Sounds like a fitness competitor’s plan (and body fat percentage)! Nice details, getting “ripped” is definitely a matter of degree. If I got down that low in body fat I’d look unhealthy, so I stick to around 20% (though to see abs for photos it has to be more like 17-18%).

    • Deanna Schober

      Suzanne, that’s sort of how I did it “accidentally”, I found the main ideas from a bodybuilding website and figured, if it made them bikini-competition ready, it would help me cut fat! And good point, everyone looks different at different % based on where they are genetically pre-disposed to carry fat.

  • Amber

    Hi!Thanks for the thorough information on this site!I’ve been following the bodyweightx12 recommendation and wanted to ask something about the cheat meal option – should I lower my calories for the rest of the week to reach the desired number (example:I eat 1500 every day,but if I want a higher calorie day should I do 6×1400+one day of 2100 kcal)?

    • Deanna Schober

      Yes, if you want to average it out you’ll need to adjust the rest of the week. Good luck!

  • Jenna

    I just found your website. It’s wonderful!! I just ‘graduated’ from physical therapy after dislocating my hip and two labral tears. I will be visiting your website alot to figure out what is the best workout plan now. Everything here is explained well and is super motivating!

  • Dayna Carton

    Just wondering, do you adjust what you eat on workout vs non workout days? Or do you just tend to eat around the same calories all the time?

  • Deanna Schober

    I’ve experimented with this, and at times have taken out the starchy carbs on non-workout days. Usually it’s only when I hit a plateau.

  • Deanna Schober

    Awesome Jenna! Good luck!

  • Tasha FCruz

    Thank you…this is awesome! I’m really going to try to follow this plan. So I walked to pick my daughter up everyday from school as well but it’s only a 3 minute walk which my child complained about a lot. Did your kids have to walk 1.5 miles back home everyday? lol

    • Deanna Schober

      They did and they complained every time :)

    • LoraLee

      just a note! If you get lots of exercise, ie: walking miles and miles(when I was a teenager), my body did not forget this and gave me great lest etc as I am older~~ you could try to bounce a ball back and forth during the walk to get her mind off of walking? Make it a game~ She will love you for doing this..

  • Kelly Smith

    Awesome post Deanna – I have shared with my fitness buddies – but how would we adapt this for us who work out at 5.30am in the morning and then hit the office around 8am?

    • Deanna Schober

      I’d move the protein shake to breakfast or right after workout, and eat the rest of your meals at work by prepping ahead of time and storing. Move as much as you can at work. Good luck!

      • Kelly Smith

        Thank you :)

  • LoraLee

    This ‘PLAN’ is very inspiring…thanks for posting it!!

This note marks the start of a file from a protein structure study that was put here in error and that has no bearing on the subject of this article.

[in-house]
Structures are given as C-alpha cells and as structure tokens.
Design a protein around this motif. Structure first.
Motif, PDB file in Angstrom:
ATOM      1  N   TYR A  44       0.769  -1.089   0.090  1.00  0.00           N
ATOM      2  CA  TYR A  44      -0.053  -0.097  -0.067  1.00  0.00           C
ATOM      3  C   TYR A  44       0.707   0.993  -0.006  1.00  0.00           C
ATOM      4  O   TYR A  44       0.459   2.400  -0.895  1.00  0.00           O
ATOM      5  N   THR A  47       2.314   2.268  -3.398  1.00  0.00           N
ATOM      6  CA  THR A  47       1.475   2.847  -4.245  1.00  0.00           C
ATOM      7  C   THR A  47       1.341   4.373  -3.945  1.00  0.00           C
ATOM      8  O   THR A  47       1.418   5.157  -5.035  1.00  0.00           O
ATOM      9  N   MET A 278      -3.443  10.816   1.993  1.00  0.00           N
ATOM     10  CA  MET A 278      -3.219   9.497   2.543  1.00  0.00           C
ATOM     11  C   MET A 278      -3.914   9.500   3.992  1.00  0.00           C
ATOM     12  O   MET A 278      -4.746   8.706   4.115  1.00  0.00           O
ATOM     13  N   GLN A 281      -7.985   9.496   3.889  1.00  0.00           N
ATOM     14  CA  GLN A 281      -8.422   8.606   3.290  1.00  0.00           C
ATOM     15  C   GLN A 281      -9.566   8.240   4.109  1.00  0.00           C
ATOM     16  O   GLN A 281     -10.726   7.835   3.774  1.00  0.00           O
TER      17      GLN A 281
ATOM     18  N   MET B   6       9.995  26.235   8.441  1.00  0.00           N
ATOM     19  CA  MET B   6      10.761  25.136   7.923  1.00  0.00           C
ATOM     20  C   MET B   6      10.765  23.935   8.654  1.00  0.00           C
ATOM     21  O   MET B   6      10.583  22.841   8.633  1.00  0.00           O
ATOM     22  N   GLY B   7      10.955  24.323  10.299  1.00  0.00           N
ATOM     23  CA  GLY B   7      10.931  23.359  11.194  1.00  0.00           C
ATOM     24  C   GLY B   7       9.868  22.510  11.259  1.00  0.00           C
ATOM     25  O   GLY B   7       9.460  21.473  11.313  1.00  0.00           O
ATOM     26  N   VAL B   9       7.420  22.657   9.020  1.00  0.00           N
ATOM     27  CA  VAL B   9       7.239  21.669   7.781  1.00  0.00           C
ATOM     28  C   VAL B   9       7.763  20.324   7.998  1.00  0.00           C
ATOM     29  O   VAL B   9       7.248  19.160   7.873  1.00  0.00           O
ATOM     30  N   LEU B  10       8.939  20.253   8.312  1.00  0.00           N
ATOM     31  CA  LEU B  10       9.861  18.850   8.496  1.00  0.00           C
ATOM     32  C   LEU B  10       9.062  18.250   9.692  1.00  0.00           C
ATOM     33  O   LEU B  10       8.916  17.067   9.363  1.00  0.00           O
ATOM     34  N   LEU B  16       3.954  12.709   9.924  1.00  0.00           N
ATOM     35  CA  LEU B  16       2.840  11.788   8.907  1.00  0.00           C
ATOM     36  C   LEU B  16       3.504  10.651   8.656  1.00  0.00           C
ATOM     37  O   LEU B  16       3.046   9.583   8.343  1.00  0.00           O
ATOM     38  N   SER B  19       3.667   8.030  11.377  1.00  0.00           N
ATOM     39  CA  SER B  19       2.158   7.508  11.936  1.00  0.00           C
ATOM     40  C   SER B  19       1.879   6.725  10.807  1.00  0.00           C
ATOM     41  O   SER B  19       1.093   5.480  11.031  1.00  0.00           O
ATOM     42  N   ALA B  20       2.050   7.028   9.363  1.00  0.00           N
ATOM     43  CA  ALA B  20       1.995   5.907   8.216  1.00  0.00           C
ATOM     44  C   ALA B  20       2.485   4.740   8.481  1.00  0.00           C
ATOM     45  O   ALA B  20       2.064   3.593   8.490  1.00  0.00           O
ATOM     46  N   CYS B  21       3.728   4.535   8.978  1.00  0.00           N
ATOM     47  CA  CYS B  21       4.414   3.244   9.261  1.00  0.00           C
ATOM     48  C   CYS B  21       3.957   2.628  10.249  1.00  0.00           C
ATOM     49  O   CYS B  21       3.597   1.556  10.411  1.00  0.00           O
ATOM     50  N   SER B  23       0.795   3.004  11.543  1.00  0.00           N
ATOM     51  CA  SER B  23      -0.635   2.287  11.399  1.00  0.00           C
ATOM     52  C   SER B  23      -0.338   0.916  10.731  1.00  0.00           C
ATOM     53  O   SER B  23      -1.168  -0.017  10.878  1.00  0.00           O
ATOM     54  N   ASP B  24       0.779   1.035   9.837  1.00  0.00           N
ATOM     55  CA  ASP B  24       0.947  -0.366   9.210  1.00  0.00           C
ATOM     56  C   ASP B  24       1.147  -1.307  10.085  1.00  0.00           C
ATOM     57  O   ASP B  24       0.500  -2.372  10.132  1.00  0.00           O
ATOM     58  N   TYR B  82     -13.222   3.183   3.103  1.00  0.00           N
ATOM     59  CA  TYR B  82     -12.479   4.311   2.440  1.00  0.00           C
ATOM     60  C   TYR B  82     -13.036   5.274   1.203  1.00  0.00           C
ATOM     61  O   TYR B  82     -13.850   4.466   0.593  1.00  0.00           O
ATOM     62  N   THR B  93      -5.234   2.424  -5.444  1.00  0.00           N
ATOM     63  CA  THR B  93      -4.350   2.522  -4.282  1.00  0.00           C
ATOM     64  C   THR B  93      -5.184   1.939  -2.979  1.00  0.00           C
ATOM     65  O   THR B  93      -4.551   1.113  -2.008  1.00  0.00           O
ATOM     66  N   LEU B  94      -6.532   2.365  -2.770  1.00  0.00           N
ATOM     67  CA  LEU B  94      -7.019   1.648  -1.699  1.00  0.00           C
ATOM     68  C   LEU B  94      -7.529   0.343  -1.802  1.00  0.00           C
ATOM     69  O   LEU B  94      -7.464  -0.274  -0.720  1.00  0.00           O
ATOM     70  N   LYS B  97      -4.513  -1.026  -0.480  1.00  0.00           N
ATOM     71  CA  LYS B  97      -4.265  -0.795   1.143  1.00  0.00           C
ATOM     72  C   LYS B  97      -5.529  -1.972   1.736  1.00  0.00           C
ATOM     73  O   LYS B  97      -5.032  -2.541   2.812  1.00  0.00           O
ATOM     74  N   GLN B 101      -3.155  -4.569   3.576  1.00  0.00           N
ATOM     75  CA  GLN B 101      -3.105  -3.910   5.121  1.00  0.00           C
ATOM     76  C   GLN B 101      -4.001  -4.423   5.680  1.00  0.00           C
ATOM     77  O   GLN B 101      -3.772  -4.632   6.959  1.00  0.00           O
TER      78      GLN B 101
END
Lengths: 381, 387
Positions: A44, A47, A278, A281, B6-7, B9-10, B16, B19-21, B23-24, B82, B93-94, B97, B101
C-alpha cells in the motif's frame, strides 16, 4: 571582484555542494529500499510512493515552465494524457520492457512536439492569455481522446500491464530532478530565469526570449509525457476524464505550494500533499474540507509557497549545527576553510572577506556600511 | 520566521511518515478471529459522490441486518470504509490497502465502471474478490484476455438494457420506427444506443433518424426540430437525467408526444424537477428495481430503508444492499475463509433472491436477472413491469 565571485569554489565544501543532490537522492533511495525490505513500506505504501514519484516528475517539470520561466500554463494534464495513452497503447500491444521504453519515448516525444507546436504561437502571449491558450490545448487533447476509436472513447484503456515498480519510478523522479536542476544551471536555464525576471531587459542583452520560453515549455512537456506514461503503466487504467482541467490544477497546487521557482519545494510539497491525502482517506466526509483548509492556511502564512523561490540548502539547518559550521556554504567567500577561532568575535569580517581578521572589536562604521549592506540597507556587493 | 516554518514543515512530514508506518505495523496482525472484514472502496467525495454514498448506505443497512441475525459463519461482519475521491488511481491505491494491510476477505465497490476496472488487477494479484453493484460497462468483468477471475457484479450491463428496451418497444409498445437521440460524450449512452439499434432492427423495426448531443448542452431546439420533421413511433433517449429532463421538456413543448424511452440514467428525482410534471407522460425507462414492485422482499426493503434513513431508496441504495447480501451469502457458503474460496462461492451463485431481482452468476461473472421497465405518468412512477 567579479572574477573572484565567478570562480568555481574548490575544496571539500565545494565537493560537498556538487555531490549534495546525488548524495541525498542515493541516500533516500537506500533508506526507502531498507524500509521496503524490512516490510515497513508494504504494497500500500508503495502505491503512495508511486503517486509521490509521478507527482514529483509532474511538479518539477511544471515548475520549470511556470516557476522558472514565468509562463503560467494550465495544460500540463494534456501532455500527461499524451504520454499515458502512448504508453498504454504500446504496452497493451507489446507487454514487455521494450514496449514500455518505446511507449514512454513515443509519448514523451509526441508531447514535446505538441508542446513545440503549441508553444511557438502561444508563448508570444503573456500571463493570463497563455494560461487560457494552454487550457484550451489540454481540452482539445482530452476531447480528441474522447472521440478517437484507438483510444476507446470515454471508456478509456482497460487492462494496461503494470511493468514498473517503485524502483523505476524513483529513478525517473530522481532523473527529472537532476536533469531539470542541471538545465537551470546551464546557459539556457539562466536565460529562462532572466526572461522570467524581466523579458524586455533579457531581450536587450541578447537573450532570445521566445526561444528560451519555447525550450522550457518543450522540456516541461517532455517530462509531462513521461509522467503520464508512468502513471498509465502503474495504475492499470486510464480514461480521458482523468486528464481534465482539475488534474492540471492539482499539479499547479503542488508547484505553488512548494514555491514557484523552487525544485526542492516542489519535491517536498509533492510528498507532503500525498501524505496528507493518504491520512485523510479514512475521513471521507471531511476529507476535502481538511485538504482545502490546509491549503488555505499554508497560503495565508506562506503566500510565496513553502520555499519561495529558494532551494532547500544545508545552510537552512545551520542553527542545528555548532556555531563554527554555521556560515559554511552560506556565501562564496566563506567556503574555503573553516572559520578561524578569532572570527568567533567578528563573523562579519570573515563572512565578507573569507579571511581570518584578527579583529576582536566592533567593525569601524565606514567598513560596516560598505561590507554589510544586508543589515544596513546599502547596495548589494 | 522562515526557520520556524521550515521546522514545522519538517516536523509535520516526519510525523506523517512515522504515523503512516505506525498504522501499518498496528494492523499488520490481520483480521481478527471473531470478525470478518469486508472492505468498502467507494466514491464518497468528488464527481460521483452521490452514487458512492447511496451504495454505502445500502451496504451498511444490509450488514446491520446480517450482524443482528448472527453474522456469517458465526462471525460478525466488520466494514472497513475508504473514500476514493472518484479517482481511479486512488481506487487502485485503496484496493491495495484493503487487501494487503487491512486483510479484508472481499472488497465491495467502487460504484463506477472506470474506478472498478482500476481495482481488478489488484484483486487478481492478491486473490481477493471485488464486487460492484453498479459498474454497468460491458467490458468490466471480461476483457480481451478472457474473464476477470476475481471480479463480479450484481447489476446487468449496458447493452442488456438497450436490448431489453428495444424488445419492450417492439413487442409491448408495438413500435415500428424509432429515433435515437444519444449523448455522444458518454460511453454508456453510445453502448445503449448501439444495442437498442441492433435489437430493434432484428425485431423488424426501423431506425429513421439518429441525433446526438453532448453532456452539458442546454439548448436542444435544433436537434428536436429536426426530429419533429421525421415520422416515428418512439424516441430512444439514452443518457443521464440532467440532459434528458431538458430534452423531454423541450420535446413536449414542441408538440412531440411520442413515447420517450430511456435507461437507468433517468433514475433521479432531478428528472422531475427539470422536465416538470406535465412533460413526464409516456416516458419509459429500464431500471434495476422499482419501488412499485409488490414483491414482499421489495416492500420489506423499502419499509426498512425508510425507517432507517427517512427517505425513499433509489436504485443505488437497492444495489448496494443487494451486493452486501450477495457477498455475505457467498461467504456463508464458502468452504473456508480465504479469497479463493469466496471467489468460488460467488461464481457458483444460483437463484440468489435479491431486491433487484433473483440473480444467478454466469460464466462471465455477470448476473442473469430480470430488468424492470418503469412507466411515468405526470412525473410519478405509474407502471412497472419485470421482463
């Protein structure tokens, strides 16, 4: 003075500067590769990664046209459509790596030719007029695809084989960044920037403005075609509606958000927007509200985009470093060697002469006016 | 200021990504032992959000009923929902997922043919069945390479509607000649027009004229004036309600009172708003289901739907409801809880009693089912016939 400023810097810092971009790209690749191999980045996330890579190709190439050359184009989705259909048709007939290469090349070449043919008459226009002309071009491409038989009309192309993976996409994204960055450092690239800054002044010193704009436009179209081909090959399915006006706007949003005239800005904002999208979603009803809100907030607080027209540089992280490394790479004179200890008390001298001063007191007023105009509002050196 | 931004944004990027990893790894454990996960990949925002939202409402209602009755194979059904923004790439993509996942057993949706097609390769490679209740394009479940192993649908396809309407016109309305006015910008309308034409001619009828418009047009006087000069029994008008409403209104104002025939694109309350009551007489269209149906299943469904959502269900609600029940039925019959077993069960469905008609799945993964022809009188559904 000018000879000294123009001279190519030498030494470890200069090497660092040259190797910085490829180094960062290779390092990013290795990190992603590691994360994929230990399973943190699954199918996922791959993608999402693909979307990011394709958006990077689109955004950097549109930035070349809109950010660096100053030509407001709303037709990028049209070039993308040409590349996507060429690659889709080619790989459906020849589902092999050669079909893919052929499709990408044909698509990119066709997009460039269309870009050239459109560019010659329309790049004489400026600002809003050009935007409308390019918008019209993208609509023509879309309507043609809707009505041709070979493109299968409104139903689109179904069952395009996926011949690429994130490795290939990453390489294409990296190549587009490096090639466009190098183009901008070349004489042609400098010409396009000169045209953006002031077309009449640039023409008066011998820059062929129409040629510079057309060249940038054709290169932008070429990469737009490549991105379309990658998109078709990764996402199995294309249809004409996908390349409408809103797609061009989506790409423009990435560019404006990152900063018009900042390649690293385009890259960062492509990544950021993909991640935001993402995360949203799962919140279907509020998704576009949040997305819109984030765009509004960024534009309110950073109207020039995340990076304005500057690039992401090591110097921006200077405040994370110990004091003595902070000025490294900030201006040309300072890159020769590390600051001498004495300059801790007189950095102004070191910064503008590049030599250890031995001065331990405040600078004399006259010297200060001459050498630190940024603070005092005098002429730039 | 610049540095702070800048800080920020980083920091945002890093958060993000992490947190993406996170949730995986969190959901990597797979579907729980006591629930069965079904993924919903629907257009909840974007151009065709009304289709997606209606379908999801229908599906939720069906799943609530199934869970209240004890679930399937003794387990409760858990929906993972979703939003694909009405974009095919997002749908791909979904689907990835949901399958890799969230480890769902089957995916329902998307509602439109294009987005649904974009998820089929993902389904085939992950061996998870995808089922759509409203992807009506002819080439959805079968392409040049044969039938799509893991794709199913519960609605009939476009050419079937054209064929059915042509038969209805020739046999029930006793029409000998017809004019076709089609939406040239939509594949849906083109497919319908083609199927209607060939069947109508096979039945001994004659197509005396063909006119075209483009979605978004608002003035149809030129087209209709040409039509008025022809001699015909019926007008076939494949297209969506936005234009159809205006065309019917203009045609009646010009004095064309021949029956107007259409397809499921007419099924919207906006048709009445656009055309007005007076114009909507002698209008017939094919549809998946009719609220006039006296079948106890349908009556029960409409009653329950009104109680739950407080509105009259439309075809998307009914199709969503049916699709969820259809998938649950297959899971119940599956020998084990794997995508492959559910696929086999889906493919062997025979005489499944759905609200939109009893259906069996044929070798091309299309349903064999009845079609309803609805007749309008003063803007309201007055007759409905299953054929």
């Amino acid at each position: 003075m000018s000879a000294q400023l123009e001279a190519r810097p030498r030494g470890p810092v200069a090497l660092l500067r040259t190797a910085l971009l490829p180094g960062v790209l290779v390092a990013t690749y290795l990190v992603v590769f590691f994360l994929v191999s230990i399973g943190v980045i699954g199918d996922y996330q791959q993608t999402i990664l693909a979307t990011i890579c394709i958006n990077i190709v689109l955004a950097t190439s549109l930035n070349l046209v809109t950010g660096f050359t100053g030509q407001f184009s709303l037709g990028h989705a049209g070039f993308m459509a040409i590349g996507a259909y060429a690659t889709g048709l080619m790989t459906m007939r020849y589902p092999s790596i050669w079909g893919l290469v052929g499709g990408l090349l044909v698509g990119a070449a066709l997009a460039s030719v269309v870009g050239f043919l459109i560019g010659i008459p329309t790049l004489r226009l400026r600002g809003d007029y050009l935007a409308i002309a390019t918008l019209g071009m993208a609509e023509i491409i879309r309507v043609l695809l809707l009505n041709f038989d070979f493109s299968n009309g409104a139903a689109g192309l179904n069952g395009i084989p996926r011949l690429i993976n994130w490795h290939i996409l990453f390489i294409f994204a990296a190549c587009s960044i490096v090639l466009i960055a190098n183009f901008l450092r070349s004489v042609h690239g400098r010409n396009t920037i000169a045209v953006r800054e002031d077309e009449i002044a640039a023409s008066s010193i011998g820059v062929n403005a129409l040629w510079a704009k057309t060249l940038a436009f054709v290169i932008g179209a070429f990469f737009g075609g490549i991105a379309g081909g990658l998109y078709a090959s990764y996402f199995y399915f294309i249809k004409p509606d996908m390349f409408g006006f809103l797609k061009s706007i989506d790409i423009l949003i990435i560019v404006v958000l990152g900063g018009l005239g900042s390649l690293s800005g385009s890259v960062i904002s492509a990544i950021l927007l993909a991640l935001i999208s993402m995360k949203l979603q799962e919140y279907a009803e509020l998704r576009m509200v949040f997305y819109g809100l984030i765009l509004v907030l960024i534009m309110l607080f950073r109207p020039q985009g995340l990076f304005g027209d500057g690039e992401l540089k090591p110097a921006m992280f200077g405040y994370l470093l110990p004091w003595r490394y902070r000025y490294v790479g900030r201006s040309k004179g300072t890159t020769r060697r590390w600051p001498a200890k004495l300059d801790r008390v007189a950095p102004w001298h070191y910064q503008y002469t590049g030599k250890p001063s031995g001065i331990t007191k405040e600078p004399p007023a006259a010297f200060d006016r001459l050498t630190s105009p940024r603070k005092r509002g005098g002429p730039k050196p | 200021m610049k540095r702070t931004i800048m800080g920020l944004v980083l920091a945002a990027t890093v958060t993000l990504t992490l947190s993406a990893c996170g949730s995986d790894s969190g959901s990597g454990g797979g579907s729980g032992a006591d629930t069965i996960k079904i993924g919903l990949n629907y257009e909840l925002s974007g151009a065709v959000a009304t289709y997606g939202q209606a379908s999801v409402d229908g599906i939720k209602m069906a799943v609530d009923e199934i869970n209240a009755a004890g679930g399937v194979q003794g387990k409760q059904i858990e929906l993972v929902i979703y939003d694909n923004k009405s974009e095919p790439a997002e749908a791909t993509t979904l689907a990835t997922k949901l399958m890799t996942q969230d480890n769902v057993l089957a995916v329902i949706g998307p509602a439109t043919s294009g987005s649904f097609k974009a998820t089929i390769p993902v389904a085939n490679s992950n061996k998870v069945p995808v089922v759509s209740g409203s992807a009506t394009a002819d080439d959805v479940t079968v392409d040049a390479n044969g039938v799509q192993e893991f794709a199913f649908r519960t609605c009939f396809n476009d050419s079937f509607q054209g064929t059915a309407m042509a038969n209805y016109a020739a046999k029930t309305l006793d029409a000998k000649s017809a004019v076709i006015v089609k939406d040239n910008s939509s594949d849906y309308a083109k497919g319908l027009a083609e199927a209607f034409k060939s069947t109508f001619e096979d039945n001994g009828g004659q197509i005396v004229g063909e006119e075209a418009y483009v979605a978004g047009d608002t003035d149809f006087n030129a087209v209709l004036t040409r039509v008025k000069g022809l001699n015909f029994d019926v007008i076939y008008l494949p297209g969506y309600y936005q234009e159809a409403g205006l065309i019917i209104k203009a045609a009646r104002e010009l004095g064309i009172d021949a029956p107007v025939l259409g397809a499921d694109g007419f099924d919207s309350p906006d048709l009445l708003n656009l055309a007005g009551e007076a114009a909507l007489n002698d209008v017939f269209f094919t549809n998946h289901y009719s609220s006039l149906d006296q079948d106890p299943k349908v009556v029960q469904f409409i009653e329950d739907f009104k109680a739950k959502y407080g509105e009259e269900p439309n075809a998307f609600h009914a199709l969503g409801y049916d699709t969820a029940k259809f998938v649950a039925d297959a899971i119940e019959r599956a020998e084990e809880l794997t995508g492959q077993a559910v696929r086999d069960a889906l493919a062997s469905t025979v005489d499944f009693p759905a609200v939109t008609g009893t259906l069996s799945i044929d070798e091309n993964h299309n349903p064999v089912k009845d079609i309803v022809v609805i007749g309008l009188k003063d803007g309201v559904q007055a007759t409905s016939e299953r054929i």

• Terrylynn

    Good plan, Deanna. My Personal Trainer has me currently lifting heavy with little time in between sets (aka super sets) for one month and we are calling it Phase 1. Phase 2 will look more like what you have described in your getting ripped plan. I however feel fluffy and do not like the way I look right now. I am only on week 2. I know I have body fat on top of my muscles but I want to see more definition, like your photo above. Do you agree with lifting heavy for a month with no cardio or do you suggest I incorporate a steady state cardio for a 30-45 minutes a couple of days a week? Or would you suggest something different. Thank you.

  • Michele K

    I’m going to give this a try. The food alone is great!

  • Deanna Schober

    Hi Terrylynn, you can certainly get great results just from heavy lifting, especially if lifting is giving you an anaerobic workout (is it intense? Do you feel short of breath?) I like cardio just because it breaks up the monotony a little. The magic of melting fat will happen in your diet, though, so I’d start there.

  • Christa

    Thank you. This is laid out so strait forward and easy to follow.

  • Marlin

    Great post!! I exercise in the evenings just before dinner. Would you recommend I have my first starchy meal in the morning for breakfast and my second one post workout for dinner?

    • Deanna Schober

      Sounds like a good plan to me!

  • Jen B

    this is great information, i get soo bored with foods and everyone keeps telling me im not eating enough, i also keep hitting plateaus i will give this a try, thank you

  • Roger Aucoin

    Hi, Deanna,

    I’m not understanding something. You mention you have all of your fruits and carbs before 3p, but you have a salad afterwards. I thought fruits, veggies, and salad stuff were all carbs? What am I missing?

    Thanks – Roger

    • Deanna Schober

      I don’t count veggies as carbs even though they technically are. I save all fruit and grains for before 3pm. Salads after 3 are all veggies, fats, seeds, and protein. So for example, during this time period I might have quinoa for lunch or oatmeal for breakfast, but not after 3. Same with any fruits.

  • Deanna Power

    Hi! I have been hitting the gym for about a year and a half now and I’ve read that along with a weight lifting program you should implement more supplements into your routine as well, so what I’m wondering is if there are certain times of the day that are better for taking supplements, and which ones do you recommend. I’ve been taking a multi vitamin and calcium supplement in the morning with breakfast, a B100 complex with lunch, and glucosamine 1300 mgs at bedtime. Anything I should or should not be doing there?